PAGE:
Research Unit Sustainability and Climate Policy
Prof. Dr. Felix Ekardt, LL.M., M.A.
During the last years, the Research Unit Sustainability and Climate Policy has done a lot of research on questions of phosphorus and scarcity of natural resources, as well as on land-use and climate change - from a transdisciplinary point of view. See, among other papers, here.
Since 2007, Felix Ekardt has given speeches and presentations on some 50 international conferences on questions of sustainability, climate change, justice, human rights, phosphorus scarcity, land-use, etc. For details and also for forthcoming speeches, see the list of presentations.
The Research Unit Sustainability and Climate Policy has done a lot of research on the normative grounds of sustainability - respectively on the theoretical basis of both ethics and law. The most informative is the big German volume "Theorie der Nachhaltigkeit", but there is also a number of English papers. See, among other papers, here.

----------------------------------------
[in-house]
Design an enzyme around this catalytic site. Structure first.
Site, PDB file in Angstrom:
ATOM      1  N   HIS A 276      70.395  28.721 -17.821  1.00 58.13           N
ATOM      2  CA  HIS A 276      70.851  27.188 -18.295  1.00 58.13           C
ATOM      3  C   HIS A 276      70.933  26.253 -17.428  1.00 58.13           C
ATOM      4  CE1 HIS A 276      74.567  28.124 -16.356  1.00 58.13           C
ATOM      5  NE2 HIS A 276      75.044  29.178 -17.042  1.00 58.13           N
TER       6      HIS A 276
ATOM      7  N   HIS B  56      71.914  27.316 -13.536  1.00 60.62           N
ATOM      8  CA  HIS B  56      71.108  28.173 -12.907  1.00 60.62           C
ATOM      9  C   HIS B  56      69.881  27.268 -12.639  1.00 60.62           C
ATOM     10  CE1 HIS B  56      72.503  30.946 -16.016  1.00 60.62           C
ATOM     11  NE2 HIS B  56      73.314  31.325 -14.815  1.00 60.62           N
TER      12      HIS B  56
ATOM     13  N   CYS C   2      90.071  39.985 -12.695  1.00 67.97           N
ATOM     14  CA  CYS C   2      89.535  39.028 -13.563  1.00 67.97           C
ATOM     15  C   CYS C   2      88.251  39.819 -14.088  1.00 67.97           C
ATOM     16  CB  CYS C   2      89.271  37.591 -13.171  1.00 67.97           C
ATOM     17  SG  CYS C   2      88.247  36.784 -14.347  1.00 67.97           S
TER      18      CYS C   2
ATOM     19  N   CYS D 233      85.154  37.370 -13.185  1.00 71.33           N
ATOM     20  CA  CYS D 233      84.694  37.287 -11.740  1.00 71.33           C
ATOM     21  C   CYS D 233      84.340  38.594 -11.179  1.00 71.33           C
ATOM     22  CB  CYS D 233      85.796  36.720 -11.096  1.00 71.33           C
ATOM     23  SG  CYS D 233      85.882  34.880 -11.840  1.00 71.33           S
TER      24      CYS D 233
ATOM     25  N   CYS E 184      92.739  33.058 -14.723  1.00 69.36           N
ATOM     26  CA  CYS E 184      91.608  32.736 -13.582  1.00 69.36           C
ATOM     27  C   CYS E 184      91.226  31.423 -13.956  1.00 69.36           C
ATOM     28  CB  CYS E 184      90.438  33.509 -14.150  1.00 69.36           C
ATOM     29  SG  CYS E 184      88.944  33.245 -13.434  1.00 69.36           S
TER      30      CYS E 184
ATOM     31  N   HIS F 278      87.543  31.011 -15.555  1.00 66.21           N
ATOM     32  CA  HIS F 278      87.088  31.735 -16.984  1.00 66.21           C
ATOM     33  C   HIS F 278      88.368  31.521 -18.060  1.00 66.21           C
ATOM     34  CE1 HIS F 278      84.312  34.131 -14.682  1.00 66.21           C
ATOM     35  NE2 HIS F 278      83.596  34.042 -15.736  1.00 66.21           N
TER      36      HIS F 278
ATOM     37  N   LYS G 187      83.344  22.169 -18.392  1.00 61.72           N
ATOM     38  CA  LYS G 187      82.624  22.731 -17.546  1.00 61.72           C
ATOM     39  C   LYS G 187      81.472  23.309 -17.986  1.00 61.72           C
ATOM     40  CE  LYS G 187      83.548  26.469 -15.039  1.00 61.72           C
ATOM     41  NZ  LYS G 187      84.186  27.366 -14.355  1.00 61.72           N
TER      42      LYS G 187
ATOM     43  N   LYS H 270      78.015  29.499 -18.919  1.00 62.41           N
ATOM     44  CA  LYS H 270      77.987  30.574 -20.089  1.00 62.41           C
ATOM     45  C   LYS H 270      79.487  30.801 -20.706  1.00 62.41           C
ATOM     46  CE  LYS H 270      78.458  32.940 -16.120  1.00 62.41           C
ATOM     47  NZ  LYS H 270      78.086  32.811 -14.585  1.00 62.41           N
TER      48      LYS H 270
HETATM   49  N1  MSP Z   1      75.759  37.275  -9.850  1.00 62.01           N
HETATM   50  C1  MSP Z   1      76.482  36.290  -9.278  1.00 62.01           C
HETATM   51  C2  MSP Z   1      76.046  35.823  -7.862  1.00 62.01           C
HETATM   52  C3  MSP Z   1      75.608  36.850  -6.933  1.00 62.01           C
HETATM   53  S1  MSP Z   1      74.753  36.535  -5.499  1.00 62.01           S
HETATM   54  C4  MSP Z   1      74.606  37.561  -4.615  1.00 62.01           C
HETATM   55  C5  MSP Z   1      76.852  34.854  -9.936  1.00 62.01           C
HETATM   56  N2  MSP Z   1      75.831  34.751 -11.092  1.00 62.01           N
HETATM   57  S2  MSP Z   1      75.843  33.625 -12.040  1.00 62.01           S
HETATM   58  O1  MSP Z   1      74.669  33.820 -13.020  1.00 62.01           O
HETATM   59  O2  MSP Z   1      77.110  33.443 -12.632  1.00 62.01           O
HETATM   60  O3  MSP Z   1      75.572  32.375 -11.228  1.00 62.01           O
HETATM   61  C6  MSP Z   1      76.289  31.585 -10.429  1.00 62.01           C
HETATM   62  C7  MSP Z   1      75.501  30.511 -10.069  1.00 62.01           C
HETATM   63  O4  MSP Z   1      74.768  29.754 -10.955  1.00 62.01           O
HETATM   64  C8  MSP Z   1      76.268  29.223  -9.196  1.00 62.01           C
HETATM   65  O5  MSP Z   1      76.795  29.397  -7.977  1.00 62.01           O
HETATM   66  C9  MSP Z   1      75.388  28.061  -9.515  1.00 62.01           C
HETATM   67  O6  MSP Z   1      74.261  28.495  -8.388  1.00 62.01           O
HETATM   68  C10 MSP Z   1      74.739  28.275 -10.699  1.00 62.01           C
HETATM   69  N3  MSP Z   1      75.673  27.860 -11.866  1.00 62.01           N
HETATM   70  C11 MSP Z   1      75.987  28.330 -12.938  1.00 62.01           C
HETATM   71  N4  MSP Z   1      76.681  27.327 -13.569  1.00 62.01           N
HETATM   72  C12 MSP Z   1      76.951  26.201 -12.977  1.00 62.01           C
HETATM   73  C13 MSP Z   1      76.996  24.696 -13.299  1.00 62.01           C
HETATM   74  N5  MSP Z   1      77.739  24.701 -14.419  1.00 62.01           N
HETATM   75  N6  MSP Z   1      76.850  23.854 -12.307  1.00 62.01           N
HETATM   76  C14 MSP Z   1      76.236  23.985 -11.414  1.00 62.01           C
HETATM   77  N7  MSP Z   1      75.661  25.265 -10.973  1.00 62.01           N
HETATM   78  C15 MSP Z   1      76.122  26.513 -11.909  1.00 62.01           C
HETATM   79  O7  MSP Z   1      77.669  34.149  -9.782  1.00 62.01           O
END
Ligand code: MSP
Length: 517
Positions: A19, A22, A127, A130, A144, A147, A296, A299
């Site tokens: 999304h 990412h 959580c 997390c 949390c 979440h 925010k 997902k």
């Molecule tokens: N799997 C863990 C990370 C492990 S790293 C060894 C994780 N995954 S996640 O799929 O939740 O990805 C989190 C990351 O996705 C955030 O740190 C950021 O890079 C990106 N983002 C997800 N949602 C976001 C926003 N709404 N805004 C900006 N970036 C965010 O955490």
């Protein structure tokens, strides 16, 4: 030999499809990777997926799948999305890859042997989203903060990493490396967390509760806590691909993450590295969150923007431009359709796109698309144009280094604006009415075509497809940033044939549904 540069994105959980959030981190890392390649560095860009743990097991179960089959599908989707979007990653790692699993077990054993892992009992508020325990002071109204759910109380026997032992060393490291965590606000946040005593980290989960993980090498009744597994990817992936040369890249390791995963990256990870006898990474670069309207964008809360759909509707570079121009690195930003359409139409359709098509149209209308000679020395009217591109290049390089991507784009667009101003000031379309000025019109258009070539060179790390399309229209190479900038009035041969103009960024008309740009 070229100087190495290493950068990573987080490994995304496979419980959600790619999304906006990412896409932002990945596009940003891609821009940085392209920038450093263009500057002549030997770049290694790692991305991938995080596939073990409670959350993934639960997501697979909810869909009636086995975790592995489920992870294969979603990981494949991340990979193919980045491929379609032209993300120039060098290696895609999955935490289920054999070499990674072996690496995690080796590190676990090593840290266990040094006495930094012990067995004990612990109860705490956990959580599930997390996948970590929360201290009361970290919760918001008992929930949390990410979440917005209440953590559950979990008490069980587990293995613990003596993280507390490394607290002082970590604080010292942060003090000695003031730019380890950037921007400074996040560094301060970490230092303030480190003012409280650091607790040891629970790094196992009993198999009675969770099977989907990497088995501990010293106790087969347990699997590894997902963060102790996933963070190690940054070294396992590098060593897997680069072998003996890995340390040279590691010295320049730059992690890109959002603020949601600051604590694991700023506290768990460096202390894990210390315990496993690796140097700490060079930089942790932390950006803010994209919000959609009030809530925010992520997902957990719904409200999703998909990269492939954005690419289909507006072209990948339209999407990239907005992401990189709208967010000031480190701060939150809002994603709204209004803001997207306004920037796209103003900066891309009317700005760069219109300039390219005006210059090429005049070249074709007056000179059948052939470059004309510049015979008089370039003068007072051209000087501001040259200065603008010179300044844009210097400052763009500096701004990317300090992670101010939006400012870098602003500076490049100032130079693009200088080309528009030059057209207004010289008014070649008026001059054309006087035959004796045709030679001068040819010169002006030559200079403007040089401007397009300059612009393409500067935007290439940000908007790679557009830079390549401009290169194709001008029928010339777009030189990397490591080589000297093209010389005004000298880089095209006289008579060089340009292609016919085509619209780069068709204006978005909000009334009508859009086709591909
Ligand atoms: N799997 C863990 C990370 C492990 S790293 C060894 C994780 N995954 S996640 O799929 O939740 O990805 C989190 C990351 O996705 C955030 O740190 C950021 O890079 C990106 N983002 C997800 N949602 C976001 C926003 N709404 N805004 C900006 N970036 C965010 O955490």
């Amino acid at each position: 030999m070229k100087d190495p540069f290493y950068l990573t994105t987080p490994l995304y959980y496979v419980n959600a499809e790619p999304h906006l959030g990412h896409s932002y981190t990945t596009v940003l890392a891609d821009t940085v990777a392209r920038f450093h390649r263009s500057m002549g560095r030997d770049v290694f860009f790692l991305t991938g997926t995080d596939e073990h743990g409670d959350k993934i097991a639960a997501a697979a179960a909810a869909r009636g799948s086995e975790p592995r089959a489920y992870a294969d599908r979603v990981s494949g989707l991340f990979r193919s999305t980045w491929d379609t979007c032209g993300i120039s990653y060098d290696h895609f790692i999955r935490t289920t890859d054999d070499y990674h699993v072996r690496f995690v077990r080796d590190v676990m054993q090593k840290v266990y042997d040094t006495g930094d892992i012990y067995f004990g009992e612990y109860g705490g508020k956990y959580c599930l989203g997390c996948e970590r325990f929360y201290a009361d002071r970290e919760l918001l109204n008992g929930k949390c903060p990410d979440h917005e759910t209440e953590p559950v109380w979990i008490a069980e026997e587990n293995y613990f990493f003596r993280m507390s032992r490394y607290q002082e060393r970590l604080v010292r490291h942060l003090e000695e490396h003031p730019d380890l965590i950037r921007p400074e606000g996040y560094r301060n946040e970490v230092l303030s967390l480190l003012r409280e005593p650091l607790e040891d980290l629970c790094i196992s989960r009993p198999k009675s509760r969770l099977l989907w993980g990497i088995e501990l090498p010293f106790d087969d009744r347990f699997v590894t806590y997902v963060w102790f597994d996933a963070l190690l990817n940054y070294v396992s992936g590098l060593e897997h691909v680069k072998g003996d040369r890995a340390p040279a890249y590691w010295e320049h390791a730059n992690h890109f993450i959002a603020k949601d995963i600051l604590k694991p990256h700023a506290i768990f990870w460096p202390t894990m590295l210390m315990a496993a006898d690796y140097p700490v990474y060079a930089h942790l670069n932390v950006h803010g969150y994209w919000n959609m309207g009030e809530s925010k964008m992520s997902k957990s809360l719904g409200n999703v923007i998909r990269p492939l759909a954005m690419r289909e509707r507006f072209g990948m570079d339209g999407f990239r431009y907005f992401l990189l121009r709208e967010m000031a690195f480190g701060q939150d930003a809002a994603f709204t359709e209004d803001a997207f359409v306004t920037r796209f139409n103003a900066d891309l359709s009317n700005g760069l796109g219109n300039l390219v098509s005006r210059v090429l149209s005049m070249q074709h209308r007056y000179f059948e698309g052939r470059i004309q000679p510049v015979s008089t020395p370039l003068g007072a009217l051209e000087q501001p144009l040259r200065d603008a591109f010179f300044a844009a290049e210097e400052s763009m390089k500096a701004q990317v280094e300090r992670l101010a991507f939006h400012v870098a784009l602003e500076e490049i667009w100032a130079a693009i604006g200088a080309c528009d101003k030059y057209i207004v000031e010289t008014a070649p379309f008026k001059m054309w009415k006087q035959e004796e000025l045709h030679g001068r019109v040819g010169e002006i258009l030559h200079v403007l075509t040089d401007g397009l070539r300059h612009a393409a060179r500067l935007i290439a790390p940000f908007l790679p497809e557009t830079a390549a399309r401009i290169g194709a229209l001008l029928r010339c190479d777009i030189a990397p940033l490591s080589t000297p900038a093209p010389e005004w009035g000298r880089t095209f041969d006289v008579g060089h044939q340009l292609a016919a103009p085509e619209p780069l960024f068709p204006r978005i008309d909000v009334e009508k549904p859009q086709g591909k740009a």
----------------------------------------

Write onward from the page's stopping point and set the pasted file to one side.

Only a small part of the revenues of world trade comes benefits the people in developing countries. At the same time, the global competition for production costs jeopardises the social systems in developed countries. Equally, we are on the verge of a global race for the lowest, apparently most entrepreneur friendly, environmental standards. It would serve both, North and South, if international social standards were established within the framework of the WTO. According to the standard economic text-books, unlimited trade leads to maximal wealth. Thus regulations would disturb the efficiency of the global economy. Yet this theory ignores some important aspects, for example, it overlooks the unequal distribution of income: Only few profit from the alleged economic efficiency. The overall economic production would even increase, if a part of the money that developing countries earn by exports were used to improve the social security of the working people. This ought to have a positive impact on their motivation and educational opportunities. Moreover, environmental problems and the mental consequences of an unrestricted world-wide competition for longer working times and increased pressure to perform are hardly found in the traditional theory of free trade. This leads to the proposal to secure ecologic and social minimal standards in the legal framework of the WTO. On one hand, such a legal framework would contribute to the quarrel against poverty and to environmental protection, on the other hand, it would protect the western social state and environmental from an international competition. The WTO could – partly following the example of the EU – become a common market with uniform minimal requirements for social and environmental policy. As a model serves the eco-social conception for a new global climate protection.